Ms. Díaz-Balart became a curiosity in the eyes of the Cuban public. By birth she was squarely in the Batista camp; by marriage she was with the insurgents. She was among the few people allowed to visit Castro in prison on what is now called the Isla de la Juventud, or Isle of Youth.

After Castro left prison, he went into self-exile in Mexico City, where he led an anti-Batista faction known as the 26th of July Movement, commemorating the date of the Moncada assault.


Ms. Díaz-Balart stayed in Cuba to seek a divorce. According to her accounts, the marriage ended because of Castro’s affair with a married Havana socialite, Natalia Revuelta Clews, known as Naty. Castro and Revuelta had a daughter, Alina Fernández, who fled Cuba for the United States in 1993 and became an opponent of Castro’s government.

The 2019 book, “Young Castro” by journalist Jonathan M. Hansen, presented Castro’s version of the strains in their marriage. Hansen described Castro of becoming enraged when he heard a radio report in prison that this wife had been dismissed from a no-show job in the Batista government. “Castro couldn’t imagine Mirta ever taking a job in the government of his sworn enemy,” wrote Hansen, “no matter how strapped she was for cash.”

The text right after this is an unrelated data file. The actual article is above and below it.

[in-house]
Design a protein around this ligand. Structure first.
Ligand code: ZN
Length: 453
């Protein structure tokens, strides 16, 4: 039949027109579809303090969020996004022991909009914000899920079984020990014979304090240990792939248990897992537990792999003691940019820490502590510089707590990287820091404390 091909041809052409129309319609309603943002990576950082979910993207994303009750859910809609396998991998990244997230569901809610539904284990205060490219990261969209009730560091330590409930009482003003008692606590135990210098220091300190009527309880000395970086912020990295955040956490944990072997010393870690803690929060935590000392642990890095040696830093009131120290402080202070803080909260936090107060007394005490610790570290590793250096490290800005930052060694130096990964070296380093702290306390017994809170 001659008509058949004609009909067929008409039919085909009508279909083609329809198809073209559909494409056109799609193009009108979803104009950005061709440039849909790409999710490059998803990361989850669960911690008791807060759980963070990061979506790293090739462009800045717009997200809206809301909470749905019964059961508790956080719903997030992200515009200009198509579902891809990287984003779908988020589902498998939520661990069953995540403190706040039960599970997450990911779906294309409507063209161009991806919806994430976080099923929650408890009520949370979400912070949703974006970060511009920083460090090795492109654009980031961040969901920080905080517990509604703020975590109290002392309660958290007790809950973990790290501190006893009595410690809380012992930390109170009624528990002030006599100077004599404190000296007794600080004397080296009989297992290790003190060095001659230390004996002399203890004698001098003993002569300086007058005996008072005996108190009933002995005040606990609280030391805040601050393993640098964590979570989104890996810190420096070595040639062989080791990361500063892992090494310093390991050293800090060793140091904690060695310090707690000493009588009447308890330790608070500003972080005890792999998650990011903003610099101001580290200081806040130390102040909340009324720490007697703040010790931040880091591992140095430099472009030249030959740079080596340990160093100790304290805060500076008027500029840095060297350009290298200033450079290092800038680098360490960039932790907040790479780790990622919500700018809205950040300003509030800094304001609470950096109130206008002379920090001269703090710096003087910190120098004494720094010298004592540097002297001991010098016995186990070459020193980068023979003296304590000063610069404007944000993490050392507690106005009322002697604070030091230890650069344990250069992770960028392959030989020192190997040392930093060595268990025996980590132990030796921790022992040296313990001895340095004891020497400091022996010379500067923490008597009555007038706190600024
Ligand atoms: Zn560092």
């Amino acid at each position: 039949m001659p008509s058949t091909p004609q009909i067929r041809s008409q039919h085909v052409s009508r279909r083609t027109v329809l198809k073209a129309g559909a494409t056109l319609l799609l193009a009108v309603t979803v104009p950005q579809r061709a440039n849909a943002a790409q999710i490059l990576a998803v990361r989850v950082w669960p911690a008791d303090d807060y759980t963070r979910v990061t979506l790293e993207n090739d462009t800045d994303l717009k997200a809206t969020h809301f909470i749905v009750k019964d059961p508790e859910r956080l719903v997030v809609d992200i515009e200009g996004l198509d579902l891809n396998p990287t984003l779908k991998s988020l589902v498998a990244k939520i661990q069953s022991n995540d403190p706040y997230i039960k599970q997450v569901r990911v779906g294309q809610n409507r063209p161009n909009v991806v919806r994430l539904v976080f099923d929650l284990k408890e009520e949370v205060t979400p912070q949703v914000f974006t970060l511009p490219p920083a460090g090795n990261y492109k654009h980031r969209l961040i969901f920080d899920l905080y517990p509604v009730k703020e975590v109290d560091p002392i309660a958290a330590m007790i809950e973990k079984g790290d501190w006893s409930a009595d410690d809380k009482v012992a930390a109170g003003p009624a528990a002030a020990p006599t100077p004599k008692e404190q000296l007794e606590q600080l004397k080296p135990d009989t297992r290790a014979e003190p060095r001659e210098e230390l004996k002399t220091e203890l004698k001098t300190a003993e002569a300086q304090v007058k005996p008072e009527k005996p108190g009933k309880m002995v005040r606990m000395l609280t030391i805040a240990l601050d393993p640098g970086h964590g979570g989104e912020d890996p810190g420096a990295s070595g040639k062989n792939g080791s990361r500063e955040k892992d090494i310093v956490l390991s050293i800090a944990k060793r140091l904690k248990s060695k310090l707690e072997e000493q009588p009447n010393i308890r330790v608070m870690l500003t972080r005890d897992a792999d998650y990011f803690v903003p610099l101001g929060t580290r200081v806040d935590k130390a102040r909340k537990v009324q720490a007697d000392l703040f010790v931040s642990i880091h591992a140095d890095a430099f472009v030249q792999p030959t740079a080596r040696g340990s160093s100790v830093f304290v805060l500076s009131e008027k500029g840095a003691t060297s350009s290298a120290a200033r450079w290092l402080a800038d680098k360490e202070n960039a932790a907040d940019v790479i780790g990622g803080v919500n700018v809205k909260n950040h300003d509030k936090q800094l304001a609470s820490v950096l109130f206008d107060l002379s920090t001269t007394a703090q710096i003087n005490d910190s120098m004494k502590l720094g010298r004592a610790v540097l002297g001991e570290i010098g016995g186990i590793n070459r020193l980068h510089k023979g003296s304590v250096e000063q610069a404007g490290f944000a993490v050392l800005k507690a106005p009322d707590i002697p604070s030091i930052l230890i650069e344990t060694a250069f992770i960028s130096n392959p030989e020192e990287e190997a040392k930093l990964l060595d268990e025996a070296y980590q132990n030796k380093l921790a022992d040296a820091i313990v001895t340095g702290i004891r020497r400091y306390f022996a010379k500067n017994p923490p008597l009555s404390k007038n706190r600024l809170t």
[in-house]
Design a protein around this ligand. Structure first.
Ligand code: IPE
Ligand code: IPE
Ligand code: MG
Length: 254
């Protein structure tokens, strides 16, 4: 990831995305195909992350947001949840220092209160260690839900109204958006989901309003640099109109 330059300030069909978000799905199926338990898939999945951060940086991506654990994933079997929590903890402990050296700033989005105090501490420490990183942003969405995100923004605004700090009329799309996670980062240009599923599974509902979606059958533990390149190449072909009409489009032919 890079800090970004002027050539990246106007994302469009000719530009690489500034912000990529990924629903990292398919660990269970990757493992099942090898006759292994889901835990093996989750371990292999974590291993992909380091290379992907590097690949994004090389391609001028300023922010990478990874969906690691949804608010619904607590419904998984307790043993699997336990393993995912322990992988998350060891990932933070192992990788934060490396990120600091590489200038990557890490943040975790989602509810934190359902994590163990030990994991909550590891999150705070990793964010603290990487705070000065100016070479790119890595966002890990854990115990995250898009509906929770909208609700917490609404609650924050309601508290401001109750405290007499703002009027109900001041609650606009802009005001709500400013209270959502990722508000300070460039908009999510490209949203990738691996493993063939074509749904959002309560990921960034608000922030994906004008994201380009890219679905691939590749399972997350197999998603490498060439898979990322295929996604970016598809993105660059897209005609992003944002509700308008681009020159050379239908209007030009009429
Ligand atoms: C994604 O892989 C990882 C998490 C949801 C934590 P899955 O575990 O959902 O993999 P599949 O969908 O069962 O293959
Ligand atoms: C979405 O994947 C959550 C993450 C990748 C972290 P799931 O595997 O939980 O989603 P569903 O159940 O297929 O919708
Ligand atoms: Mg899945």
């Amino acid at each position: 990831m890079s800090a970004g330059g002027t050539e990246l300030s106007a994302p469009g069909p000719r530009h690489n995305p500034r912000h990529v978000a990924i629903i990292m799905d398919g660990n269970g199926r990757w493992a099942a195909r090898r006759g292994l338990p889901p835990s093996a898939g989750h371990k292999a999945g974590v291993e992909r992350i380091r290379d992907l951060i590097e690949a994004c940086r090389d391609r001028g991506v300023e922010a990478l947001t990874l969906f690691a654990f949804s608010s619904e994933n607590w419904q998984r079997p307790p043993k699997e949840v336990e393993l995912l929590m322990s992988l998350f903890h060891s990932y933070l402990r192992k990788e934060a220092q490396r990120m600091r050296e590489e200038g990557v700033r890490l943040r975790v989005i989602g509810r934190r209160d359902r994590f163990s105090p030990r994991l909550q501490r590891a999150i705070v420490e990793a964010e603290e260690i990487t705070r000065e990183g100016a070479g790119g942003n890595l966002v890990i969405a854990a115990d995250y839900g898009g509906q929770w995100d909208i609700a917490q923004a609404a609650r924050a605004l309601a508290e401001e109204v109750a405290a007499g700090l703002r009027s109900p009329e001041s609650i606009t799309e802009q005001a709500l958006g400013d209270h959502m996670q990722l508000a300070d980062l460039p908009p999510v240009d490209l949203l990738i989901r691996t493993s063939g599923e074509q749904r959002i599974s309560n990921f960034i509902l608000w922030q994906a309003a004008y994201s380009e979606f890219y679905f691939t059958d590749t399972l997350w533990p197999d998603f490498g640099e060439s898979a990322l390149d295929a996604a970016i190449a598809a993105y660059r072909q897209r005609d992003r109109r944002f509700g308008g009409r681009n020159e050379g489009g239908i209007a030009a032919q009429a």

After the divorce, Ms. Díaz-Balart and her son spent time in the United States before returning to Cuba. She once sent her son to Mexico to visit Castro, but he did not allow the boy to return. She hired a team to snatch her son and bring him back to Cuba.


She soon married Emilio Núñez Portuondo, a lawyer and son of a Cuban diplomat. Castro, meanwhile, was building a guerrilla militia from mountain hideouts in Cuba after returning in December 1956 with more than 80 followers aboard the “Granma,” a vessel whose name was later adopted by the Communist Party newspaper in Cuba.

Shortly after Castro took power, Ms. Díaz-Balart and her husband fled the country. Castro demanded his son Fidelito remain in Cuba.

For decades, Cuba’s state-controlled media rarely mentioned Ms. Díaz-Balart and she avoided public attention, fearing she could be targeted by anti-Castro factions. She was in frequent contact with her son, however. In 2008, she made a rare appearance in Cuban media. She joined her son at an event at the Center for Genetic Engineering and Biotechnology in Havana that was covered by Cuban journalists.


Her husband died in 2006. Ms. Díaz-Balart’s brother, Waldo Díaz-Balart, is a Madrid-based artist. Complete information on survivors was not immediately available. Her extended family includes nephew José Díaz-Balart, a newscaster on the broadcast network Telemundo and MSNBC.

A onetime Castro confidant, John T. Skelly, once described sitting with Ms. Díaz-Balart at her home in Havana in January 1959 to watch television coverage of Castro’s triumphant entrance into the capital.

He told a Miami Herald reporter in 2015 that he recalled Ms. Díaz-Balart’s comments to him that day, first recounted in the book “Cuba Confidential” (2002) by Ann Louise Bardach: “She said, ‘If he’s as good a leader as he was a father and husband, poor Cuba.’”

Mirta Díaz-Balart, wife of Fidel Castro before Cuban revolution, dies at 95 (2024)